Copper engraving with hand colouring (not modern). Overall size : 50.3cms x 38.8cms. Image size : 510mm x 385mm.Printed by John Legatt. Inset plan of Chester and Armes of the Earles of Chester since the Normans Conquest. Four decorative cartouches. Speed has used William Smith's revisions of Saxton and the Braun & Hogenberg plan of Chester. Angels and globes in bottom right and left corners. Scale of distance at bottom right. English text on verso discussing the history, geography and characteristics of the county. Speed considered Cheshire,’wholesome for life’, its inhabitants ‘generally’ attaining to many years.
Centre fold as published; possibly a slight repair to bottom of the centrefold but so discrete it is hard to tell. If held up to the light, two tiny pinpricks are visible otherwise a good early impression in very good condition. At the beginning of the seventeenth century the county was still heavily wooded, and the forests at Delamere and Macclesfield were in royal ownership. The county was not wholly dependent upon farming: at Northwich, Middlewich and Nantwich, there were brine springs producing salt; the county’s salt came second in quality and quantity only to that from Droitwich in Worcestershire. Chester remained the main port and commercial centre in the north-west until long after the publication of this map and its relative prosperity was envied by strangers who also remarked on the ‘rows’ or galleried streets with shops and merchants’ houses situated over cellars or warehouses. Not merely a port and county town, Chester was also the administrative headquarters of the County Palatine and the Earldom of Chester, a feudal honour held by the heir-apparent and in 1612 enjoyed by Prince Henry. (Nicholson/Hawkyard: The Counties of Britain . A Tudor Atlas by John Speed pub British Library/Pavilion)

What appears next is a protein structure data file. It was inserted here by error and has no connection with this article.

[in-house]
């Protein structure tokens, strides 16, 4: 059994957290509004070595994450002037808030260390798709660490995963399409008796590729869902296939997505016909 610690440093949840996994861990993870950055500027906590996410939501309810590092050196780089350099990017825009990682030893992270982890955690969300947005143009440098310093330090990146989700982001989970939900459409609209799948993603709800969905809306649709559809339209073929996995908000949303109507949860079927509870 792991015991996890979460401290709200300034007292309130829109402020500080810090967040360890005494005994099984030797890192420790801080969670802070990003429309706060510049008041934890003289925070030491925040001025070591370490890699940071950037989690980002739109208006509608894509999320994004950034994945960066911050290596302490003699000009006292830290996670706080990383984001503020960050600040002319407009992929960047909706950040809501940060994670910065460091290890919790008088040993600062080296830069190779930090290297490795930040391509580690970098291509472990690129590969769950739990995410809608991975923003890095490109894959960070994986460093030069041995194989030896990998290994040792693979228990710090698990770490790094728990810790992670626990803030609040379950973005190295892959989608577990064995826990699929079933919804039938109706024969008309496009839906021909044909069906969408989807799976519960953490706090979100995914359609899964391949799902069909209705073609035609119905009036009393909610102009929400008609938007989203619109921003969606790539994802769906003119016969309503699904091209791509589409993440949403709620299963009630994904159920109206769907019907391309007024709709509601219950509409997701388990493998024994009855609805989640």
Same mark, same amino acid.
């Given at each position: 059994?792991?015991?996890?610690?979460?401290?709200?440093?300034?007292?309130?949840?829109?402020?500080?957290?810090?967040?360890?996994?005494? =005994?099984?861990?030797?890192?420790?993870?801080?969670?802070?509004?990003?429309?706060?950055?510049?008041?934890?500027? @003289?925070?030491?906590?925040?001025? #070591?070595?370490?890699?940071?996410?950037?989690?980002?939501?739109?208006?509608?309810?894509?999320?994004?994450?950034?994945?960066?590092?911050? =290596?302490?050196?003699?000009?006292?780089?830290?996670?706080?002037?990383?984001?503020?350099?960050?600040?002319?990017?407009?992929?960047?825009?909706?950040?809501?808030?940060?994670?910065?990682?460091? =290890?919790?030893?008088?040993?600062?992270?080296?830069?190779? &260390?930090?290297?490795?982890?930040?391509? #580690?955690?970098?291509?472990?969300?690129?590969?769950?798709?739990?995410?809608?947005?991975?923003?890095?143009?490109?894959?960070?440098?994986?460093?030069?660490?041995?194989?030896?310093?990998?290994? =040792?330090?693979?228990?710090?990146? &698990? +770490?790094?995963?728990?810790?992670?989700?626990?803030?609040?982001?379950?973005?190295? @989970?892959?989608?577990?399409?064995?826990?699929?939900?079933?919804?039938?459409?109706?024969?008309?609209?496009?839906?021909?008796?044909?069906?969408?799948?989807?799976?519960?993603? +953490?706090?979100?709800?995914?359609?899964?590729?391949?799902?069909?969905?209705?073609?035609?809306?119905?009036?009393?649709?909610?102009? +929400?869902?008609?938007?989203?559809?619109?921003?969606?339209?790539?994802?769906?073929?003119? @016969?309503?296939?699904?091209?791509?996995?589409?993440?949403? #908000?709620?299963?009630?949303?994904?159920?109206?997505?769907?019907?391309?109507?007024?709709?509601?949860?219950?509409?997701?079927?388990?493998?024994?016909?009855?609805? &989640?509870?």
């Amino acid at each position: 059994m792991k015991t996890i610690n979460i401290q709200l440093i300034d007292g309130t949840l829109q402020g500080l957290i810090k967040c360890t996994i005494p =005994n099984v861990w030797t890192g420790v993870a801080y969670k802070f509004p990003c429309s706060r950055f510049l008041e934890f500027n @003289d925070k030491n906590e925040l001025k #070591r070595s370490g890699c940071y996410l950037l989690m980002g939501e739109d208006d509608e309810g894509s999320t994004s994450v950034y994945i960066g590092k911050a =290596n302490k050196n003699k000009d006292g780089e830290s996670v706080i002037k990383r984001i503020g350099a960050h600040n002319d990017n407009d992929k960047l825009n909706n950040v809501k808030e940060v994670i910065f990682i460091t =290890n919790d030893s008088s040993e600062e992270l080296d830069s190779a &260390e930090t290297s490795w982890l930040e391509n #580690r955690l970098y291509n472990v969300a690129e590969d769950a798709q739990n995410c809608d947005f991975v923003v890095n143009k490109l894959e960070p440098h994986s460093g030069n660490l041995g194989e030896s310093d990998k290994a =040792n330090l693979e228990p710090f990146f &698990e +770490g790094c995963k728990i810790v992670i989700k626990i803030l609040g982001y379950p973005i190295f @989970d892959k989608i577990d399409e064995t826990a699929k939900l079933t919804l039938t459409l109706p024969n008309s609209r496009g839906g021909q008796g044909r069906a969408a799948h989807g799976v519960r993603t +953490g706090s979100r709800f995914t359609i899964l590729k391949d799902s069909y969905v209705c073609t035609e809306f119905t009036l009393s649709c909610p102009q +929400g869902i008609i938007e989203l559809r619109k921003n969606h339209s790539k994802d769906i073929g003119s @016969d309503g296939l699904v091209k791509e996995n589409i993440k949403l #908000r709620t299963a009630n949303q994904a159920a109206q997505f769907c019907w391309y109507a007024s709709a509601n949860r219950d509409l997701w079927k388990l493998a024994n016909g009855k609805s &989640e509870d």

Until his late thirties, John Speed was a tailor by trade but his passion for history and map-making led him to gain a patron in Sir Fulke Greville, the poet and statesman, who found him a post in the customs and helped subsidize his map-making, giving him “full liberty to express the inclination of my mind”. He became aquainted with the publisher William Camden, whose descriptive text was used by Speed for most of the maps in his atlas “The Theatre of Empire of Great Britain” published most probably in 1612 although it bears the date 1611 on the main title page. The maps were engraved in Amsterdam by Jodocus Hondius, one of the foremost engravers of his time. Speed’s maps are unique historical documents of their time and the town plans featured on the maps are in most cases the first information we have of their early apppearance. Their artistry has guaranteed the collectability of these maps in the centuries that have followed.`